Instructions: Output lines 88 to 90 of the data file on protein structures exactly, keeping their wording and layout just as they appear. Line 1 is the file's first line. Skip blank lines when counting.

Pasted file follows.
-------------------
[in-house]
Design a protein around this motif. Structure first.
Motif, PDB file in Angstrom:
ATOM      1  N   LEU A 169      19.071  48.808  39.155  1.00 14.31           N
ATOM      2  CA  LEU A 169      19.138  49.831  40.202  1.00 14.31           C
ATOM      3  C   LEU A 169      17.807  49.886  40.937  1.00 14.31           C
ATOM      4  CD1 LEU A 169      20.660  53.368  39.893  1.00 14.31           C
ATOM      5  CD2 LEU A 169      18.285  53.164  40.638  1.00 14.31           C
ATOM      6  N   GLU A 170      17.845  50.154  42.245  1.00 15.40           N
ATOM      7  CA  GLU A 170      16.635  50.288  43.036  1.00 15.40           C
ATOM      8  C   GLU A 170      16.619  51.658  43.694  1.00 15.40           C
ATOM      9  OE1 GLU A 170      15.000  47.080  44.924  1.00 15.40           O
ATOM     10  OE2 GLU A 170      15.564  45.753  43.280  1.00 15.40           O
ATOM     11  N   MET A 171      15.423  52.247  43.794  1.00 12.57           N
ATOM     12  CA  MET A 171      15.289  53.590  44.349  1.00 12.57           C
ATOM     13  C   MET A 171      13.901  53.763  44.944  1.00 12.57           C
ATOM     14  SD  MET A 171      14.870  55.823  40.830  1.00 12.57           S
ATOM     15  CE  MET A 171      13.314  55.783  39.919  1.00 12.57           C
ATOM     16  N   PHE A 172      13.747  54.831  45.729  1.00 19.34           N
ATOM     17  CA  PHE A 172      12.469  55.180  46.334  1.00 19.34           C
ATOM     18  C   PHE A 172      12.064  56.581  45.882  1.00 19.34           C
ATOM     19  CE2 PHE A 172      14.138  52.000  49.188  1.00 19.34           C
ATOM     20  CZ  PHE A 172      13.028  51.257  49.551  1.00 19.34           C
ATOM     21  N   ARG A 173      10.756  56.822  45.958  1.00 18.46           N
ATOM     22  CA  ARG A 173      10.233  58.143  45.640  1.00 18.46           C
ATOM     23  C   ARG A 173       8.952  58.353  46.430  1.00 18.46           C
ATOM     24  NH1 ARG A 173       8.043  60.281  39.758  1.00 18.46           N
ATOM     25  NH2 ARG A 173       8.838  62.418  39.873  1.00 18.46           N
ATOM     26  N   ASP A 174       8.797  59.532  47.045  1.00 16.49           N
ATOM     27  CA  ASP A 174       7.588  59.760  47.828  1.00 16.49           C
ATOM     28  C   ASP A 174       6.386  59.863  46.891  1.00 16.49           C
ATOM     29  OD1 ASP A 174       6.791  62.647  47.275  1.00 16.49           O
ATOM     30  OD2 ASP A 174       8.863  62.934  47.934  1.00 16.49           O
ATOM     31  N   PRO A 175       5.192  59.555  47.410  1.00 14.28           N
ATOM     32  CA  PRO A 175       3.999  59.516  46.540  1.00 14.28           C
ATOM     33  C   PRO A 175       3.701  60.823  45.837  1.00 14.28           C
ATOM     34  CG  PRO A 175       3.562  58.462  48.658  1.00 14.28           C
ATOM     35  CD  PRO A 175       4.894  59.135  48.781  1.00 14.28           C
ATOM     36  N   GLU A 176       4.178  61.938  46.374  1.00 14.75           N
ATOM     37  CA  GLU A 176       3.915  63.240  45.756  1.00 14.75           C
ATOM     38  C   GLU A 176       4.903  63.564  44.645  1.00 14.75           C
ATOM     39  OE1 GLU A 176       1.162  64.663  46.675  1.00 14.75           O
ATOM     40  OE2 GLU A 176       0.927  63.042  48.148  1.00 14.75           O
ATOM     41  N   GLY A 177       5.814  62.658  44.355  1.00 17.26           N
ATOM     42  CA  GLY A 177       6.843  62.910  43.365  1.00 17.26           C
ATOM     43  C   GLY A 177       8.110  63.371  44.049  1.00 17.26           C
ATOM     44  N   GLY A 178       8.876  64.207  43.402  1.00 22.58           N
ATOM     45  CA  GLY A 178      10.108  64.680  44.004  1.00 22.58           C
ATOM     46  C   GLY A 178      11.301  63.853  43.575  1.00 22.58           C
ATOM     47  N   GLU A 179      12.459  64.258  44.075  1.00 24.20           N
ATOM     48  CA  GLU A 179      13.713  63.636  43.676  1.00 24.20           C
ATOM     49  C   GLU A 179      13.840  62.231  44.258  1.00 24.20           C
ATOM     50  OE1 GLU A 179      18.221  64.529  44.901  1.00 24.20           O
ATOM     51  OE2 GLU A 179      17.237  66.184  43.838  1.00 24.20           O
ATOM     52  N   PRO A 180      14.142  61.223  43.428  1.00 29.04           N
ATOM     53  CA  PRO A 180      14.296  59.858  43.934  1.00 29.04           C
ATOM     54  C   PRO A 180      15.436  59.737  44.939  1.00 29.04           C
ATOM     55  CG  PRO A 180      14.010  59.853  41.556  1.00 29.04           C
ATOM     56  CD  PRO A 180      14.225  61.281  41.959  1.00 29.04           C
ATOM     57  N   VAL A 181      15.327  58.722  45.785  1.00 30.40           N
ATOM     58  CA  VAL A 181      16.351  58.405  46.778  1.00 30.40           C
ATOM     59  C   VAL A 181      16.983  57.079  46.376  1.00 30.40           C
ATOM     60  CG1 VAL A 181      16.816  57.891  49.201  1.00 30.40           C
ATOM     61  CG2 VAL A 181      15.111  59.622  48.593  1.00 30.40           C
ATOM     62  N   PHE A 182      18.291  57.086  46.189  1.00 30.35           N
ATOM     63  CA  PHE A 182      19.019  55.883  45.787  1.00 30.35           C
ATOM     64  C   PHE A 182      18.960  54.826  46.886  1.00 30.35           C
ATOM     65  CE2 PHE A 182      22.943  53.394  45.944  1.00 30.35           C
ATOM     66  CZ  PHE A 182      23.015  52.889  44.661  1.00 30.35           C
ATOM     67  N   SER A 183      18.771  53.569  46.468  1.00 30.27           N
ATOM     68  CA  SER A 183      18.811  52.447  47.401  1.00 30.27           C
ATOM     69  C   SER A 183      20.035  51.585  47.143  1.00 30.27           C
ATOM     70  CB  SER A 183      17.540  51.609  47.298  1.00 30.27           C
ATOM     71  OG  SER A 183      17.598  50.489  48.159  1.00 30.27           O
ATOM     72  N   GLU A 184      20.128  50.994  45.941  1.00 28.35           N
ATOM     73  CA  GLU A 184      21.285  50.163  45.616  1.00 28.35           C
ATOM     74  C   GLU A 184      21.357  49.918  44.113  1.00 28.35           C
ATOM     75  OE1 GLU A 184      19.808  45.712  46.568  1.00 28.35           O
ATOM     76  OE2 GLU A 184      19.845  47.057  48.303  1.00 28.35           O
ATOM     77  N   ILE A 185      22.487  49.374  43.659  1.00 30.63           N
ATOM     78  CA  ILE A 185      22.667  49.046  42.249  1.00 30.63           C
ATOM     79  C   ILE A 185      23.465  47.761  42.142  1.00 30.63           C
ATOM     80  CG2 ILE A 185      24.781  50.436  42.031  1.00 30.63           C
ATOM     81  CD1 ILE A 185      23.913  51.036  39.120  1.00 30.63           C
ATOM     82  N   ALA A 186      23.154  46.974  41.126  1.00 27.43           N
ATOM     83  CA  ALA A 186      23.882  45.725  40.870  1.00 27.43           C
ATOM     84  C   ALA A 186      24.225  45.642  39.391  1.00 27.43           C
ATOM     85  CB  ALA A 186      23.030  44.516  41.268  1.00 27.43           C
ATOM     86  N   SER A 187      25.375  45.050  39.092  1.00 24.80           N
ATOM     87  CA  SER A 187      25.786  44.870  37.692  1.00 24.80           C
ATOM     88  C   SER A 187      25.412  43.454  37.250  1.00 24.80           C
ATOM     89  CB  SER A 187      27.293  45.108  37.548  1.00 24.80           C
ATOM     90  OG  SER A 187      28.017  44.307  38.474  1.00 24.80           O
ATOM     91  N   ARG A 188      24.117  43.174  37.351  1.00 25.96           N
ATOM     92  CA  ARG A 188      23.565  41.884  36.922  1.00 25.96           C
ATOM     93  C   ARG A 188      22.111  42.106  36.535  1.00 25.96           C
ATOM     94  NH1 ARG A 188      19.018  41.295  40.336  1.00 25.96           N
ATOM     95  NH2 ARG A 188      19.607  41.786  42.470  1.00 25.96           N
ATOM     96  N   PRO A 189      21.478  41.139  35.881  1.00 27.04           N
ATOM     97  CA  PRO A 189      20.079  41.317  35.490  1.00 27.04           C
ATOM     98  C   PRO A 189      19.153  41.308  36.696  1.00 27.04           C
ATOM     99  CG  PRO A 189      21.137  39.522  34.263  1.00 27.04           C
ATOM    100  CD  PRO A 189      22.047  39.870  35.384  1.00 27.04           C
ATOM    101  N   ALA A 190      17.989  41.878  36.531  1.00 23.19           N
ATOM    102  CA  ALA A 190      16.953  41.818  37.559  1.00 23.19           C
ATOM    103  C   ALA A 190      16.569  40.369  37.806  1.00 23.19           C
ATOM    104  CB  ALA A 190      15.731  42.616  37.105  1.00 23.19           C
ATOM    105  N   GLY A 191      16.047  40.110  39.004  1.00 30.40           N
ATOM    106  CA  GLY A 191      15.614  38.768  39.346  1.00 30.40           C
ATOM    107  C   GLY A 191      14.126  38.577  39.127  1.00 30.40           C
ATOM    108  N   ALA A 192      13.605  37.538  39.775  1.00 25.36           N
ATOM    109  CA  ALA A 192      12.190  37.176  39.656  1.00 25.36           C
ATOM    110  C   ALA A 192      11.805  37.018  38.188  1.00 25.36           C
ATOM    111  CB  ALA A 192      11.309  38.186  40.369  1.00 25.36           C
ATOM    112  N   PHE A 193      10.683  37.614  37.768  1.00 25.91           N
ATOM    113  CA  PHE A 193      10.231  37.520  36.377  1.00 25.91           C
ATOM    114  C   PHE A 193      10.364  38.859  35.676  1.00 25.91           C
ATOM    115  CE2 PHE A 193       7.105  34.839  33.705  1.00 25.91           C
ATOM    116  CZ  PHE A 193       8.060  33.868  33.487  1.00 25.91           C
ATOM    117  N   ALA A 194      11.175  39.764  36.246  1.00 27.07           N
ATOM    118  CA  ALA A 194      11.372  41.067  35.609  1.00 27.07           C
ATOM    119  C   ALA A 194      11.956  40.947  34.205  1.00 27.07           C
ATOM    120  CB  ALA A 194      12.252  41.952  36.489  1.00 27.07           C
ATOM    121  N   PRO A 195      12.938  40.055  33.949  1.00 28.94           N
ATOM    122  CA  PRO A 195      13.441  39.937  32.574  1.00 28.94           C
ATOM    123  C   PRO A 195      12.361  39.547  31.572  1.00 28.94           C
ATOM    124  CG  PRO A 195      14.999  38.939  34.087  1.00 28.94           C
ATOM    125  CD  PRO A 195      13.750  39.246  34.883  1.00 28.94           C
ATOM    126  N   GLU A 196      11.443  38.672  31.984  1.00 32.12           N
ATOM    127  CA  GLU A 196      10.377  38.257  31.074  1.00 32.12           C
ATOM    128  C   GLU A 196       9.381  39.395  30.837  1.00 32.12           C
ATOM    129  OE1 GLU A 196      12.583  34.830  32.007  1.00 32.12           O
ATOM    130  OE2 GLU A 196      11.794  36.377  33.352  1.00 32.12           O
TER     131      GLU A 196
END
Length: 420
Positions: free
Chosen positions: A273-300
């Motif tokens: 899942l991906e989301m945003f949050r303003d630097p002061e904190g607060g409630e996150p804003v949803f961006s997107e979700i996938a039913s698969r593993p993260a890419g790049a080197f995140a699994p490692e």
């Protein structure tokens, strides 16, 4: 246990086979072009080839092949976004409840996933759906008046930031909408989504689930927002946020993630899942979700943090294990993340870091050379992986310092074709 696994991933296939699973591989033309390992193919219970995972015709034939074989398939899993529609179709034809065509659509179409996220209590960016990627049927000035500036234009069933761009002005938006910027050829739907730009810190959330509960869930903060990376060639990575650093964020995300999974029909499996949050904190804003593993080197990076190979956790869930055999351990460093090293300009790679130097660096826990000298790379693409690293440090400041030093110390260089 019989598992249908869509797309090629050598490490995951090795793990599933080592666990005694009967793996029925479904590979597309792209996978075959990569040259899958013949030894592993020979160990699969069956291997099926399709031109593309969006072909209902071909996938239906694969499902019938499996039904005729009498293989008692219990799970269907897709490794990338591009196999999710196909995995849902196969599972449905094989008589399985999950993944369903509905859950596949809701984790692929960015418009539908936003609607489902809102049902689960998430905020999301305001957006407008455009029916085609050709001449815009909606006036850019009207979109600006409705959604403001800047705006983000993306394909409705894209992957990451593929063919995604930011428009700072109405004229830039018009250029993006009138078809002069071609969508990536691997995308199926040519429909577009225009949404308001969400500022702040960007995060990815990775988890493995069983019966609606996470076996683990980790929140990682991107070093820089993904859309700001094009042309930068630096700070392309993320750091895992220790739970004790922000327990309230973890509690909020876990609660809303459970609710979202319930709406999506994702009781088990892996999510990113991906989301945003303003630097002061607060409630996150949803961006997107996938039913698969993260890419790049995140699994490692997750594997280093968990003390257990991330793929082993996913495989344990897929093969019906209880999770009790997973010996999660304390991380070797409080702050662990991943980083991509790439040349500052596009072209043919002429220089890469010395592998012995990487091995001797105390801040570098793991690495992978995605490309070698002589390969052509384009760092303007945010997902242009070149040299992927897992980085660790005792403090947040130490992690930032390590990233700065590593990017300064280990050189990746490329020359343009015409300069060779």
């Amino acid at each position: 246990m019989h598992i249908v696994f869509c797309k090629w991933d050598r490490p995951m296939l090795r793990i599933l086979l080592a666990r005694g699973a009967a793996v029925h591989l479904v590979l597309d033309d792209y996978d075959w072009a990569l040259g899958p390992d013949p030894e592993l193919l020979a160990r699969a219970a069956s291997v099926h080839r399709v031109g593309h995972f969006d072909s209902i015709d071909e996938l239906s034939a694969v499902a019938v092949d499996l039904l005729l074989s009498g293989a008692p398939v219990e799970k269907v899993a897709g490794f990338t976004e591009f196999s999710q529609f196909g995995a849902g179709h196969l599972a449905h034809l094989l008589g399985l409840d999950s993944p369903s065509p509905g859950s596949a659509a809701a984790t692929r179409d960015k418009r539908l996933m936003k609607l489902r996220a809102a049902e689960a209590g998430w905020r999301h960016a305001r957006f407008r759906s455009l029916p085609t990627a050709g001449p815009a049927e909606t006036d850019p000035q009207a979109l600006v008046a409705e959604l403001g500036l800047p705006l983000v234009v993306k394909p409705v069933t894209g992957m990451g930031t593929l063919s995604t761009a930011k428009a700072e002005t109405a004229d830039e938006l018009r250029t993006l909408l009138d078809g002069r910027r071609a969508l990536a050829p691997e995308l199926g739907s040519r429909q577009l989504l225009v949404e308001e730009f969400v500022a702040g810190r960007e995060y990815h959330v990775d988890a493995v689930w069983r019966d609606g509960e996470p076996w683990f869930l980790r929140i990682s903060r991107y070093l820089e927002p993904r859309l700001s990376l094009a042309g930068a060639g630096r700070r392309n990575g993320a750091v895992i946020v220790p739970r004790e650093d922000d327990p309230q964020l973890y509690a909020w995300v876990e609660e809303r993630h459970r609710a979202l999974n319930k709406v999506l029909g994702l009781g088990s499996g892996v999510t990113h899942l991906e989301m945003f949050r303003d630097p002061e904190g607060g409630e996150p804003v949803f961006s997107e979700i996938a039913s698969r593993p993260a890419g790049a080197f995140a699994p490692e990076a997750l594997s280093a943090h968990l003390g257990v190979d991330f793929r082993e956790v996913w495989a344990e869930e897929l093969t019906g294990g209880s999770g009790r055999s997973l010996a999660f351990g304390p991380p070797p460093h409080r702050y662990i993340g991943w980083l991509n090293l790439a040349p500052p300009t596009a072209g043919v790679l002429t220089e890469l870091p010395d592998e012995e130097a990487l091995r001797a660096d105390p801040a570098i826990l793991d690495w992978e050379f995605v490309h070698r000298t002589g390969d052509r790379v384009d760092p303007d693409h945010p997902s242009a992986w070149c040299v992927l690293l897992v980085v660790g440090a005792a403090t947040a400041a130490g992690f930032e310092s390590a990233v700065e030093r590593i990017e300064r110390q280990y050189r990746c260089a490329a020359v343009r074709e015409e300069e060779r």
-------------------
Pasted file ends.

ATOM     85  CB  ALA A 186      23.030  44.516  41.268  1.00 27.43           C
ATOM     86  N   SER A 187      25.375  45.050  39.092  1.00 24.80           N
ATOM     87  CA  SER A 187      25.786  44.870  37.692  1.00 24.80           C